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5 High Maintenance Clients to Avoid

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Ah, clients—we need them, we crave them. Consultants, coaches, advisors and freelancers mostly live in attraction mode, constantly building a vibrant roster of sweet-spot clients.

But not every client is a good client. So while you’re courting new relationships, beware of five types of clients almost never worth the trouble.

The Negotiator. The Negotiator gets a thrill every time they get a deal. They ask ”is this your lowest price?” or “I know you said this will cost $20,000, but I’m only prepared to spend $15,000—when can we start?” Negotiating prices makes sense for hotels, but since when are you a commodity? Sure, there may be times it makes sense to make a deal—you have idle staff or it’s a project you’ve been itching to do—but the classic Negotiator will ALWAYS want a deal. So unless you are ready to put yourself permanently on sale, keep a wide berth from these clients.

The Scold. You just can’t please a Scold. They may be screamers, exploding their frustrations on anyone who is handy. Or they may be quiet fault-finders (think email bombs)—chiding you and others at every opportunity. Scolds need someone to blame for the glitches in their lives—and it is never the guy in the mirror. You can recognize them by the string of broken professional relationships that preceded yours. Working with a Scold is exhausting—you’ll spend valuable emotional energy trying to manage their moods and feel like you’re slogging through quicksand.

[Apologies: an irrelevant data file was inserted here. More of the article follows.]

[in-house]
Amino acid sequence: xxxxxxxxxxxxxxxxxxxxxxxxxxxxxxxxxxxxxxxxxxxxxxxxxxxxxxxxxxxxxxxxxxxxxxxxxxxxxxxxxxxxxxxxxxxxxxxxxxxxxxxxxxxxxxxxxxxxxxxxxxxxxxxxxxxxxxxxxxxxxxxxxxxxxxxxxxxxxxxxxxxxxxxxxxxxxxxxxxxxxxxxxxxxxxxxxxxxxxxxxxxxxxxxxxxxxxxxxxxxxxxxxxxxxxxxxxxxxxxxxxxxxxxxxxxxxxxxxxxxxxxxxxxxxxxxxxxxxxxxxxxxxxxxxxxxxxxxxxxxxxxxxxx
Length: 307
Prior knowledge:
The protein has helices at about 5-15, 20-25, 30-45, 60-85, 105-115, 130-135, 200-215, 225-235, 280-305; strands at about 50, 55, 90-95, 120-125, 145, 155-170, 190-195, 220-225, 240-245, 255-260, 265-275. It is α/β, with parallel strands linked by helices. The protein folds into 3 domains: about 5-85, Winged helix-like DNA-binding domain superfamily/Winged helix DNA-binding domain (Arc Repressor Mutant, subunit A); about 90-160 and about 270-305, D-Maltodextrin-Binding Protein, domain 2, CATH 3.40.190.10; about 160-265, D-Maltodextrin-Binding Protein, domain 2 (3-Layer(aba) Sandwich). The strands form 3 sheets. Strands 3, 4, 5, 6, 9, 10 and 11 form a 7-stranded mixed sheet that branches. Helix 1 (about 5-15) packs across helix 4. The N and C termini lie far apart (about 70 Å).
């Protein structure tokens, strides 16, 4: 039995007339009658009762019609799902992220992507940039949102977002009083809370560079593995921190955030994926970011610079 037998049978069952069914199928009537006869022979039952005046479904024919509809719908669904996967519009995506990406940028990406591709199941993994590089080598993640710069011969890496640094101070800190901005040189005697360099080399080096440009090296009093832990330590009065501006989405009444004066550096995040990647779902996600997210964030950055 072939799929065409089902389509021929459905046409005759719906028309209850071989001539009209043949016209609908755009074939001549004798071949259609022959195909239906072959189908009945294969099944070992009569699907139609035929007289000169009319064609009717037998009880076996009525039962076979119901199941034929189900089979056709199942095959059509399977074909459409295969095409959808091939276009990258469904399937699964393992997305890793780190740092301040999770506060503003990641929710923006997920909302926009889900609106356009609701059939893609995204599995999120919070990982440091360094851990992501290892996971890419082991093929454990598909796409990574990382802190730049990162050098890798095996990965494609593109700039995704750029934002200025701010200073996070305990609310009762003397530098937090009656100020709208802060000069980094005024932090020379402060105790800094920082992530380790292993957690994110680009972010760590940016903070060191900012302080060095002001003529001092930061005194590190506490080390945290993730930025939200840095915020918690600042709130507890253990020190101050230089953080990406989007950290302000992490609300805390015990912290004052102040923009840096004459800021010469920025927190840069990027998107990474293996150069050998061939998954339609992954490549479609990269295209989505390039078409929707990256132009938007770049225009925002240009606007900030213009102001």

The Center Of The Universe. Master of all he/she surveys, the Center Of The Universe thrives on seeing how high you’ll jump. Now let’s be perfectly clear—clients DESERVE to be the center of your work universe. You’re engaged to serve them and have a moral—and perhaps even fiduciary—obligation to put their needs first. But these clients thrive on having you (and everyone else in their purview) at their beck and call. They might even sulk or try to guilt you into serving demands from the frivolous to the truly outrageous. You need boundaries of steel to work successfully with a Center Of The Universe. If that’s not your thing, take a pass on these clients.

The Colluder. This client wants you to see their situation EXACTLY as they do. They simply won’t accept any aspect of your assessment and recommendations if it differs with their precise point of view. They don’t want an advisor, they crave an employee or an administrator or even an outlet to whine about why they have not been successful (coaches beware). Empathy is an essential skill for any advisor, but take it too far and you risk collusion, which benefits no one.

The Werewolf. The werewolf is a client that seems perfectly reasonable and normal until he snaps. You often don’t see the trigger coming, because it tends to be something minor in the scheme of things. I once had a client start screaming in a conference room stacked with people—his and mine—who had worked all weekend to draft their merger communications. The misdeed? He didn’t like one of the examples in the copy. He went from normal guy to complete werewolf in about 15 seconds—we had to literally escort him from the room.

Which types of high-maintenance clients have you learned to avoid? And are there some who are worth the effort to salvage?

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